ECS P67H2-A motherboard review

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Game performance - Battlefield Bad Company 2

Battlefield Bad Company 2

The Battlefield series has been running for quite a while. The last big entry in the series, Bad Company, was a console exclusive, much to the disappointment of PC gamers everywhere. DICE broke the exclusivity with the sequel, thankfully, and now PC owners are treated to the best Battlefield since Battlefield 2.

The plot follows the four soldiers of Bad Company as they track down a "new" super weapon in development by Russian forces. You might not immediately get that this game is about Bad Company, as the intro mission starts off with a World War II raid, but it all links together in the end.

A new title in the benchmark test suite, it's Battlefield Bad Company 2. Next to being a great game for gameplay, it's also an awesome title to test both graphics cards and processors with. The game has native support for DirectX 11 and on the processor testing side of things, parallelized processing supporting two to eight parallel threads, which is great if you have a quad core (or hexacore) processor. 

This is currently a title on the market that utilizes multi-CPU cores and is heavily multi-threaded. Battlefield Bad Company 2 will happily use four or more cores. The result is that very quickly the CPU does not matter anymore as it's maximizing the incredible amount of processor power. As a result the GPU really quickly becomes a bottleneck, even the GeForce GTX 580 is flat out running at 100% whilst the processor has plenty of force left. That would result in very similar performance throughout a large scope of processors.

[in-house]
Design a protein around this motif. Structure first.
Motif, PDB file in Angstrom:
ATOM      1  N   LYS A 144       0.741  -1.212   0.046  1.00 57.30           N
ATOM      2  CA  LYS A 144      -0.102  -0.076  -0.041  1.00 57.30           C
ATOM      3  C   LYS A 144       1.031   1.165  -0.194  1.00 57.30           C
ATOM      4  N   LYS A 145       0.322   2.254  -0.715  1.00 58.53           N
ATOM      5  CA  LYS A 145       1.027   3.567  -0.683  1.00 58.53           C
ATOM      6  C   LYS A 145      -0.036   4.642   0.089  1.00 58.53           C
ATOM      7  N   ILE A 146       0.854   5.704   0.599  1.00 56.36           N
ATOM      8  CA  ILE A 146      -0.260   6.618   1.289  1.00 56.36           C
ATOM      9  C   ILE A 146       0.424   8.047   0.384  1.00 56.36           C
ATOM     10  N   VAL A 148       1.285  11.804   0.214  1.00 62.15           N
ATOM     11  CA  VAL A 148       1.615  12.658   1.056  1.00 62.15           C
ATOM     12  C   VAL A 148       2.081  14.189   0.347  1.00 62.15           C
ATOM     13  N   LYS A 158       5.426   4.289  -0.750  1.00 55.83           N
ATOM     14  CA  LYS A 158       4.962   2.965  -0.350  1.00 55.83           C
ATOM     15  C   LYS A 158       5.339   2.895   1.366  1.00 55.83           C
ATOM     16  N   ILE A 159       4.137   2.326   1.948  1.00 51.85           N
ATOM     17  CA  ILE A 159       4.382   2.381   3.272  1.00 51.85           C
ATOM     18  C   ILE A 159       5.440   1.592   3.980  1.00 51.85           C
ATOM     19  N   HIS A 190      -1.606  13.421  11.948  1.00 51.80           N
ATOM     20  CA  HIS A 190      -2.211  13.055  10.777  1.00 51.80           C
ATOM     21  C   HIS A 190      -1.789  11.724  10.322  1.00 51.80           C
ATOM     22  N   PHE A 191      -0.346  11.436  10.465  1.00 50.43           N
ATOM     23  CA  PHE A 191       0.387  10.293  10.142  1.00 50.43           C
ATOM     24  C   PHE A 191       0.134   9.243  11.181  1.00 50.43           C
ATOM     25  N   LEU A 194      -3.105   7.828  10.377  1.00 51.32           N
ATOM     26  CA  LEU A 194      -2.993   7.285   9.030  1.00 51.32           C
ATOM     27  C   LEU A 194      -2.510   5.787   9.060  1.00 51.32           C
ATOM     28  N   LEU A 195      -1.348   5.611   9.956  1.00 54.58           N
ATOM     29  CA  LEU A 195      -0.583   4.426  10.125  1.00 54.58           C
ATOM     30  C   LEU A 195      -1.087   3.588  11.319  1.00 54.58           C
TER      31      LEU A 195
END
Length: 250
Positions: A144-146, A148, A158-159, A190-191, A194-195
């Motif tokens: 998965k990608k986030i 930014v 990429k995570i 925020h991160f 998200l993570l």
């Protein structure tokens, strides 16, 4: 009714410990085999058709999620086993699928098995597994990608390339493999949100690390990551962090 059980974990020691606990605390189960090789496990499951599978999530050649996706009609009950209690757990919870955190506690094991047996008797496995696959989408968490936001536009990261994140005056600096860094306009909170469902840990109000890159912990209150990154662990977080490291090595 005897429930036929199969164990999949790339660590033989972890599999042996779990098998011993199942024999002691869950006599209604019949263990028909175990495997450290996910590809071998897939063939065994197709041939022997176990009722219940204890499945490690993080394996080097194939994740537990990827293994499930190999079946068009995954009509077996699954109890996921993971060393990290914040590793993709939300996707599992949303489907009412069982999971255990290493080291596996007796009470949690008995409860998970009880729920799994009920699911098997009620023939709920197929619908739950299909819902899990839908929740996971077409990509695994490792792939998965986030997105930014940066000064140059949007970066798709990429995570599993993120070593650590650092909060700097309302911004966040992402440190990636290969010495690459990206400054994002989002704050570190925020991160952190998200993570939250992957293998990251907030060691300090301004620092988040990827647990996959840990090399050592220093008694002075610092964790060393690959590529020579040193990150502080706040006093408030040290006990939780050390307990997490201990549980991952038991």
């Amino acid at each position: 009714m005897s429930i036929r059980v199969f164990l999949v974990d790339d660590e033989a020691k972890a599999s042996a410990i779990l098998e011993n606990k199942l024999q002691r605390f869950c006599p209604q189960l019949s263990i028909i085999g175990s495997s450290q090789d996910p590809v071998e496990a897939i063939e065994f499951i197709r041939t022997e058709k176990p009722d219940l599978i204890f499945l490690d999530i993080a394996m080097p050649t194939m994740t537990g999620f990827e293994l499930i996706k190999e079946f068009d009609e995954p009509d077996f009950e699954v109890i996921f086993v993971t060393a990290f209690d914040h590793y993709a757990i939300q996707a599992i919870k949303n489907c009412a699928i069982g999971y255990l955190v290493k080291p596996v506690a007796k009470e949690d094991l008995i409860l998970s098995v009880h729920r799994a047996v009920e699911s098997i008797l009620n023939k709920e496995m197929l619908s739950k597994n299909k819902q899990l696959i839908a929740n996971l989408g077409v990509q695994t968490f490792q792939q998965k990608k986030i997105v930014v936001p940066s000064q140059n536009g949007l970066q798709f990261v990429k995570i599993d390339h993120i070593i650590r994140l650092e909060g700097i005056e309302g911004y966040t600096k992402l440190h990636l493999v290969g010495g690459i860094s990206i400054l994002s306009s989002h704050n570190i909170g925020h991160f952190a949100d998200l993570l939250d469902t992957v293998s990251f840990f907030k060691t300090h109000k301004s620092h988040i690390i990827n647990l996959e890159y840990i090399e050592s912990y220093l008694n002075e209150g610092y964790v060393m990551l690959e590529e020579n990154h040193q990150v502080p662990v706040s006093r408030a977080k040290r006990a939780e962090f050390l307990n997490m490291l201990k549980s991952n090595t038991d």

We opt to test in DX11 / 8xAA for this title as we want to look at the most modern performance and image quality, eg. how you actually play the game at home. DX11 wise we get as extras softened dynamic shadows and shader based performance improvements. A great game to play and a great game image quality wise. We raise the bar, image quality settings wise:

  • DirectX 11 enabled
  • 8x Multisample Anti-aliasing
  • 16x Anisotropic Filtering
  • All image quality settings enabled at maximum

Now do not fall under the illusion that the CPU does not matter for gaming. No, it's just that the GPU matters way more. We show these tests based on a real-world scenario and on a current PC gaming system. Were you to, for example, use a multi-GPU fragfest monster of a PC, then the AMD processors will all show lower performance, as core for core the Intel Core i5/i7 series offers more bang, yet not for buck. You can see that really well at 1024x768.

As stated, for real-world gaming experiences with hefty image quality settings like this test the GPU just matters more, BF2 is GPU limited, even the overclock can enforce an impact on that.

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